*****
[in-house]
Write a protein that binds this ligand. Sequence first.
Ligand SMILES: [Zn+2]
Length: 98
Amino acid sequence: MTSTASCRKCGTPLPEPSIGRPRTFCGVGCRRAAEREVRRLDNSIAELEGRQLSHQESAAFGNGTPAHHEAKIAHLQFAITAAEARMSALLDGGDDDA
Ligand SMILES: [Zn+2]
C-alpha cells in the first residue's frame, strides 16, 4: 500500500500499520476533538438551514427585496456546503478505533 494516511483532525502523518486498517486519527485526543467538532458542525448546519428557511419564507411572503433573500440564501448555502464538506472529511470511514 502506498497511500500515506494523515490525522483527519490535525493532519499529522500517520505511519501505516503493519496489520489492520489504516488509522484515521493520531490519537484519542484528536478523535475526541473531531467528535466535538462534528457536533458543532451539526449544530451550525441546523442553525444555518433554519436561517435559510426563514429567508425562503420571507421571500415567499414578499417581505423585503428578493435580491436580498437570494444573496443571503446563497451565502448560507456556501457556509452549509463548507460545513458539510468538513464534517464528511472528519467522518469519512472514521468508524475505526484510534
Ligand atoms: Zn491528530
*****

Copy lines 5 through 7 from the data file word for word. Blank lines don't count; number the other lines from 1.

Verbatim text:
Amino acid sequence: MTSTASCRKCGTPLPEPSIGRPRTFCGVGCRRAAEREVRRLDNSIAELEGRQLSHQESAAFGNGTPAHHEAKIAHLQFAITAAEARMSALLDGGDDDA
Ligand SMILES: [Zn+2]
C-alpha cells in the first residue's frame, strides 16, 4: 500500500500499520476533538438551514427585496456546503478505533 494516511483532525502523518486498517486519527485526543467538532458542525448546519428557511419564507411572503433573500440564501448555502464538506472529511470511514 502506498497511500500515506494523515490525522483527519490535525493532519499529522500517520505511519501505516503493519496489520489492520489504516488509522484515521493520531490519537484519542484528536478523535475526541473531531467528535466535538462534528457536533458543532451539526449544530451550525441546523442553525444555518433554519436561517435559510426563514429567508425562503420571507421571500415567499414578499417581505423585503428578493435580491436580498437570494444573496443571503446563497451565502448560507456556501457556509452549509463548507460545513458539510468538513464534517464528511472528519467522518469519512472514521468508524475505526484510534